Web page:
Monday, October 13, 2014

RMAF reactions - first instalment

RMAF seemed less well-attended to me this year, but that's just my impression from wandering through over a couple of days. As always it's great fun albeit somewhat draining. The chief culprit? Volume. Most people just seem to prefer music played far more loudly than I can comfortably tolerate and across the day, it starts to wear me down. But I was prepared for this and made sure to take regular time out to allow my ears to calm between listening session.  Rather than give an exhaustive listing of what I heard and thought, let me just tackle some of the targets I went to explore.

I had a personal interest in the new PS Audio Directstream DAC since I see this as a logical upgrade for my PWD Mk II. Unfortunately I could determine almost nothing about it. PS Audio used it in a major display that contained massive IRS Infinity Beta speakers and two new monoblock amps. It was just impossible to know what the effect of the new DAC might have been while I was there. The sound was interesting in that the music floated away from the huge cabinets which made placement of instruments vague, and the room was definitely not bass-heavy despite the size of those woofers. But in combination it all seemed a bit diffuse and soft.  Not sure what the purpose of this set-up was supposed to be as it neither showcased the Directstream model or offered any real insight into the new amps. The matter was not helped by one of the monoblocks packing in while I listened so I took myself next door to hear their new Sprout. Now this is a product to watch out for: integrated amp with  50w per channel, a MM phono stage, USB and RCA inputs for a CD player and TV, a headphone input and bluetooth capability. I immediately snyc'd my iPhone and streamed tunes through it for fun. Sonically the bluetooth option renders everything at MP3 level, I believe, but it's good enough if you just wanted to hear something in the background. A lifestyle product or second system option, at $799 this seemed good value. Good host in the room too, Scott(?) who showed infinite patience and enthusiasm. As for upgrading my DAC, well, I am none the wiser from this trip.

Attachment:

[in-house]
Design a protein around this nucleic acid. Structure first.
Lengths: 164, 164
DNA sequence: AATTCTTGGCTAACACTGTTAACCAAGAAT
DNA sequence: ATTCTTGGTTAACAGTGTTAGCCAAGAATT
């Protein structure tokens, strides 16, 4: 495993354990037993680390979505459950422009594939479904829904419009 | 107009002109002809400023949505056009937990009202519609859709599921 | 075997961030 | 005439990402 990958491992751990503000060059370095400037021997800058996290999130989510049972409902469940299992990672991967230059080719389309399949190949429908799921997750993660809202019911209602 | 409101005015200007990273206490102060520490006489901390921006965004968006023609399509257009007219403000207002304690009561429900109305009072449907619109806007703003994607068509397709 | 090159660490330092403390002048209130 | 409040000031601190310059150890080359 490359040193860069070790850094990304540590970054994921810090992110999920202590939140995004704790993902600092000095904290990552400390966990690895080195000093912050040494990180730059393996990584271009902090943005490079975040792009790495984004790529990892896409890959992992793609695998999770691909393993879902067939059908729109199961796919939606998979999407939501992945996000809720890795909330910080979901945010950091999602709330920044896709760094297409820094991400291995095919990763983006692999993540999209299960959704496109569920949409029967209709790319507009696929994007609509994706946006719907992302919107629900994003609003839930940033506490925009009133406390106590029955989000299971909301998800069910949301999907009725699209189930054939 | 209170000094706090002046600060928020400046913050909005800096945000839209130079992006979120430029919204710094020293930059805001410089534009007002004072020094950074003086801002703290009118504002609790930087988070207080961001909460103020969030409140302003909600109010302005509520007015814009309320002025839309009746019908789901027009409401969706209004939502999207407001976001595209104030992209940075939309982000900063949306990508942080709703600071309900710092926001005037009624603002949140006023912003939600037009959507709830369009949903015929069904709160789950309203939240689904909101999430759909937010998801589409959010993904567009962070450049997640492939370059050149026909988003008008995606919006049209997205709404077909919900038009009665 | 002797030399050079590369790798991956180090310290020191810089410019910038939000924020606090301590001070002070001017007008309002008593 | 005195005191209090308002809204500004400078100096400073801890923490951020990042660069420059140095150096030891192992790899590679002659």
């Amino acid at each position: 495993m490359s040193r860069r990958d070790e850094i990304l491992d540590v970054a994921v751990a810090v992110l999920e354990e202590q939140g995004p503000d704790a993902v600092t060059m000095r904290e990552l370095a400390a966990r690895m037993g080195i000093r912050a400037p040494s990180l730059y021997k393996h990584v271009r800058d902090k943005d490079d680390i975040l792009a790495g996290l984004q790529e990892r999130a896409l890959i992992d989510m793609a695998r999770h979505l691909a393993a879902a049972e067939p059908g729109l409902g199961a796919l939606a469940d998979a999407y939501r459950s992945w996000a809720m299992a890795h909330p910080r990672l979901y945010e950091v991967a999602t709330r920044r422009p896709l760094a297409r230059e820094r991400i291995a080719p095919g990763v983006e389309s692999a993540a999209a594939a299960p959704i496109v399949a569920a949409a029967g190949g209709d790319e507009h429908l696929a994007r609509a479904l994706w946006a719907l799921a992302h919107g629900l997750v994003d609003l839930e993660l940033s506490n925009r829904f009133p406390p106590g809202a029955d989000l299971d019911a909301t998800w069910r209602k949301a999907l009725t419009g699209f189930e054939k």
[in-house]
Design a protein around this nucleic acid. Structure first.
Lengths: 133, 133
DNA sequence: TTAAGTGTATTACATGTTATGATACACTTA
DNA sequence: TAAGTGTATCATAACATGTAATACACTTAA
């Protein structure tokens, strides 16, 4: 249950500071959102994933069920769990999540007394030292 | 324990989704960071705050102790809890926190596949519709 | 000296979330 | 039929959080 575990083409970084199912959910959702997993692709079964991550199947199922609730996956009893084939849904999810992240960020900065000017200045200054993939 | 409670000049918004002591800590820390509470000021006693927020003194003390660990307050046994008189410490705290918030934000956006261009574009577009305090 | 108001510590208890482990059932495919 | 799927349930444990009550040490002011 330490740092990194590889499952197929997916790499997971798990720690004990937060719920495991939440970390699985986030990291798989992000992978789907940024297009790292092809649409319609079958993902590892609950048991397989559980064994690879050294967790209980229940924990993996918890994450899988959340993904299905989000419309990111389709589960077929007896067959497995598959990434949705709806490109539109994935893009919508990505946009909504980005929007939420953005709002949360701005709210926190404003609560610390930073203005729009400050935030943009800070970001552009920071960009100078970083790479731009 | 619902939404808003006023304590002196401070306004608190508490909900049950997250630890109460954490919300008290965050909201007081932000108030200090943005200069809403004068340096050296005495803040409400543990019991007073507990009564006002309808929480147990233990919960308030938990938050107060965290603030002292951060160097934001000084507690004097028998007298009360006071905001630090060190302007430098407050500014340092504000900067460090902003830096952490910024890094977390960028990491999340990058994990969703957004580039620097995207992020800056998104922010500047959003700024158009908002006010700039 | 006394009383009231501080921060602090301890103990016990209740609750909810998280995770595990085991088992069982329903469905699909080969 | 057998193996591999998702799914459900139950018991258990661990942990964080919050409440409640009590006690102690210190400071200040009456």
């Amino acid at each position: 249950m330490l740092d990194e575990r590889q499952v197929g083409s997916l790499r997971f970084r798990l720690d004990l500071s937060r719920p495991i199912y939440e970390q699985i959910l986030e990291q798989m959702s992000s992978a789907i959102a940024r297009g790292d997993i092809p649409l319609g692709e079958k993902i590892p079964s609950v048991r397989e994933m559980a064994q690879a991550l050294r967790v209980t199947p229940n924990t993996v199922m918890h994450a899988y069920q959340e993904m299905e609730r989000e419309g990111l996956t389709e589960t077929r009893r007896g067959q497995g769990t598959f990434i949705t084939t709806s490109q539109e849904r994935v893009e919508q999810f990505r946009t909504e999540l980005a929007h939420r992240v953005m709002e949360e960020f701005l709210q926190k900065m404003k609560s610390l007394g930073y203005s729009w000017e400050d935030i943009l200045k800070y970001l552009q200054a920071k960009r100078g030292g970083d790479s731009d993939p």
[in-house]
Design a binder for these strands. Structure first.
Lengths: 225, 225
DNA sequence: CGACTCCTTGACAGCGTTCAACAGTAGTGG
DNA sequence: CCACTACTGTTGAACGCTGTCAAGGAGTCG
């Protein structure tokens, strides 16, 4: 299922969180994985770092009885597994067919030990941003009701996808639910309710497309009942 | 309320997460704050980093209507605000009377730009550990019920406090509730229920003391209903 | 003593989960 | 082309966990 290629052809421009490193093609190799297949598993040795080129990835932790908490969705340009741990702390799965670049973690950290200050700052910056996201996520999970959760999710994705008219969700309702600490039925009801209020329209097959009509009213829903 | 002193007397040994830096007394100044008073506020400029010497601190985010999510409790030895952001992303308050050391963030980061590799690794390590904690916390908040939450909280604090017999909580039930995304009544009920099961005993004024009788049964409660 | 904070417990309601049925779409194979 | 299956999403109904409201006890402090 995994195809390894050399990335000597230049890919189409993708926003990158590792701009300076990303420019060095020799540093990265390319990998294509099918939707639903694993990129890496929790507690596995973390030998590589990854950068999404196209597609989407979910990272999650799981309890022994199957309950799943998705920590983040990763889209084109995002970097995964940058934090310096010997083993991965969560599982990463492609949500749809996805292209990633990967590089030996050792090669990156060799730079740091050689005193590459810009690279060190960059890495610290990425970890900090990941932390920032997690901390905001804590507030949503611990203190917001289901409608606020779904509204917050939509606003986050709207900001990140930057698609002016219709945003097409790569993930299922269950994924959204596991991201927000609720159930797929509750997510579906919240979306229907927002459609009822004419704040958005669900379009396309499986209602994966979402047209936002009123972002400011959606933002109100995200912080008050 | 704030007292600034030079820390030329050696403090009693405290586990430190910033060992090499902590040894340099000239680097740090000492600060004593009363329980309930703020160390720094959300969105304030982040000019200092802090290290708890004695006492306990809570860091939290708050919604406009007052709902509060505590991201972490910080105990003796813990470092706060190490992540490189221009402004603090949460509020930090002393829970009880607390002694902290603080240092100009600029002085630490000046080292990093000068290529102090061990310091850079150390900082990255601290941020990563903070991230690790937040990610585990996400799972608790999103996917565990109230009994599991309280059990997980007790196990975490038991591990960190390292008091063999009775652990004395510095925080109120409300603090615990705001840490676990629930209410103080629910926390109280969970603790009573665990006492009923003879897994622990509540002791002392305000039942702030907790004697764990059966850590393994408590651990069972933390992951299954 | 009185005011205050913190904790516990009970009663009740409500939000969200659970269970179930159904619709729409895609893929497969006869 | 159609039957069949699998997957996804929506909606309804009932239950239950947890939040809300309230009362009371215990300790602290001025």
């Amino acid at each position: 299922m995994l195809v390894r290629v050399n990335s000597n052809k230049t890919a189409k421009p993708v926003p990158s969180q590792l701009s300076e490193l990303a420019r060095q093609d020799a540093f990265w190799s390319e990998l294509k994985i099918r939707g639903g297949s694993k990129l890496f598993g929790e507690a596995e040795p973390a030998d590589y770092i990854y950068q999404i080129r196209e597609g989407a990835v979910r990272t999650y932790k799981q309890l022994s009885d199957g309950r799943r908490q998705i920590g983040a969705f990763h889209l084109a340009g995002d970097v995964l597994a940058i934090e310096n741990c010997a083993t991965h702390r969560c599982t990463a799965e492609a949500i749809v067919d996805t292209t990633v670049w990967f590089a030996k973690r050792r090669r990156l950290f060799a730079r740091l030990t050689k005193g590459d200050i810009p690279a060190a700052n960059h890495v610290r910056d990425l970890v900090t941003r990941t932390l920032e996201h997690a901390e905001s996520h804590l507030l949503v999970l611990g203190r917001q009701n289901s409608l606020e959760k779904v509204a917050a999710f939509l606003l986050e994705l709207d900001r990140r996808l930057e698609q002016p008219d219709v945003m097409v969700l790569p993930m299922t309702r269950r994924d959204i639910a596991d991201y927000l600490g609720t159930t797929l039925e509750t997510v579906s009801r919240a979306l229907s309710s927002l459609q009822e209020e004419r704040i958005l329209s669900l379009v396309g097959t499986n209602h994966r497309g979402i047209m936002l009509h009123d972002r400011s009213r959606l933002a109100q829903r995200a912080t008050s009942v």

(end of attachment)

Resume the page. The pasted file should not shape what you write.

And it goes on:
I also spent a good deal of time checking out the Von Schweikert VR55s, an active pair, listing for $49k, was in constant use over the weekend with a huge Constellation amp. The looks are not the classic two-box design I love of the old VR5s but the sonics were clearly a step up in terms of resolution and coherence. The secret is the new  stiff-material (coated magnesium?) drivers I believe which still sounded here as if they needed a bit of breaking-in as they were slightly etched sounding on some frequencies. That said, the resolving power here was impressive to my ears and these worked far better in the hotel room than the big VS100s that VSA showed last year. I gather there's a trade-up program coming for current owners so watch out.